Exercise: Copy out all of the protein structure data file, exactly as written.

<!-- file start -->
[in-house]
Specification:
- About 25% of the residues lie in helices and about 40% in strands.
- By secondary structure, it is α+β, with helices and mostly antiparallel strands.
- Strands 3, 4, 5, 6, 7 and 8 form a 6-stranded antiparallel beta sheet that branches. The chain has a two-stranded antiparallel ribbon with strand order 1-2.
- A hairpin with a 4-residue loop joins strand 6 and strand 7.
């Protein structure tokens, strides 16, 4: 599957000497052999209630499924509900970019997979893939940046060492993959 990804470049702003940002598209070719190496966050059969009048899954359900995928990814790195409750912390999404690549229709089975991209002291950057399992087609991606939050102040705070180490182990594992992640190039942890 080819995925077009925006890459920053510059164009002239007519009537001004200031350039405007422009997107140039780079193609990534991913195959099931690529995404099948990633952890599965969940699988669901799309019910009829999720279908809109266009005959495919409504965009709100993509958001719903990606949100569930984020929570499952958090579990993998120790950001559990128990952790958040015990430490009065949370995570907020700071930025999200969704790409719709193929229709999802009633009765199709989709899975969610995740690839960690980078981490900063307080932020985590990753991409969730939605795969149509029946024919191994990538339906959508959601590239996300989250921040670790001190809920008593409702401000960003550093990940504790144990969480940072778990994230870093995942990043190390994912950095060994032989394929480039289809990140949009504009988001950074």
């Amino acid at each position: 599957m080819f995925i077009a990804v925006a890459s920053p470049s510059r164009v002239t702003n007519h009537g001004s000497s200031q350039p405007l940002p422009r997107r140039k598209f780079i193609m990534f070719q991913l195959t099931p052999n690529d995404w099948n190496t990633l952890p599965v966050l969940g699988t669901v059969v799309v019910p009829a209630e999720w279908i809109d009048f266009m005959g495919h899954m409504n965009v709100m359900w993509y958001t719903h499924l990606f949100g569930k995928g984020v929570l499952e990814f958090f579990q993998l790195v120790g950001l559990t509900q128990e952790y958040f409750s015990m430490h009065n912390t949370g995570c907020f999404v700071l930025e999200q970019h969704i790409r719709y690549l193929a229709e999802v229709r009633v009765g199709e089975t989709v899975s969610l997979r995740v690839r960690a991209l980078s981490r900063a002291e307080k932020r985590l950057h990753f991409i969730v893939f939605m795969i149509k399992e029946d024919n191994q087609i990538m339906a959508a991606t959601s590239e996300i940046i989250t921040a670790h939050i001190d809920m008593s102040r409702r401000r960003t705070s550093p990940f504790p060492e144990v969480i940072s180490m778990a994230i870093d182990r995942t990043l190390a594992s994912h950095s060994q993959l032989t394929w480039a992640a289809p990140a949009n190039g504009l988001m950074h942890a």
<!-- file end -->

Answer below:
[in-house]
Specification:
- About 25% of the residues lie in helices and about 40% in strands.
- By secondary structure, it is α+β, with helices and mostly antiparallel strands.
- Strands 3, 4, 5, 6, 7 and 8 form a 6-stranded antiparallel beta sheet that branches. The chain has a two-stranded antiparallel ribbon with strand order 1-2.
- A hairpin with a 4-residue loop joins strand 6 and strand 7.
């Protein structure tokens, strides 16, 4: 599957000497052999209630499924509900970019997979893939940046060492993959 990804470049702003940002598209070719190496966050059969009048899954359900995928990814790195409750912390999404690549229709089975991209002291950057399992087609991606939050102040705070180490182990594992992640190039942890 080819995925077009925006890459920053510059164009002239007519009537001004200031350039405007422009997107140039780079193609990534991913195959099931690529995404099948990633952890599965969940699988669901799309019910009829999720279908809109266009005959495919409504965009709100993509958001719903990606949100569930984020929570499952958090579990993998120790950001559990128990952790958040015990430490009065949370995570907020700071930025999200969704790409719709193929229709999802009633009765199709989709899975969610995740690839960690980078981490900063307080932020985590990753991409969730939605795969149509029946024919191994990538339906959508959601590239996300989250921040670790001190809920008593409702401000960003550093990940504790144990969480940072778990994230870093995942990043190390994912950095060994032989394929480039289809990140949009504009988001950074």
């Amino acid at each position: 599957m080819f995925i077009a990804v925006a890459s920053p470049s510059r164009v002239t702003n007519h009537g001004s000497s200031q350039p405007l940002p422009r997107r140039k598209f780079i193609m990534f070719q991913l195959t099931p052999n690529d995404w099948n190496t990633l952890p599965v966050l969940g699988t669901v059969v799309v019910p009829a209630e999720w279908i809109d009048f266009m005959g495919h899954m409504n965009v709100m359900w993509y958001t719903h499924l990606f949100g569930k995928g984020v929570l499952e990814f958090f579990q993998l790195v120790g950001l559990t509900q128990e952790y958040f409750s015990m430490h009065n912390t949370g995570c907020f999404v700071l930025e999200q970019h969704i790409r719709y690549l193929a229709e999802v229709r009633v009765g199709e089975t989709v899975s969610l997979r995740v690839r960690a991209l980078s981490r900063a002291e307080k932020r985590l950057h990753f991409i969730v893939f939605m795969i149509k399992e029946d024919n191994q087609i990538m339906a959508a991606t959601s590239e996300i940046i989250t921040a670790h939050i001190d809920m008593s102040r409702r401000r960003t705070s550093p990940f504790p060492e144990v969480i940072s180490m778990a994230i870093d182990r995942t990043l190390a594992s994912h950095s060994q993959l032989t394929w480039a992640a289809p990140a949009n190039g504009l988001m950074h942890a």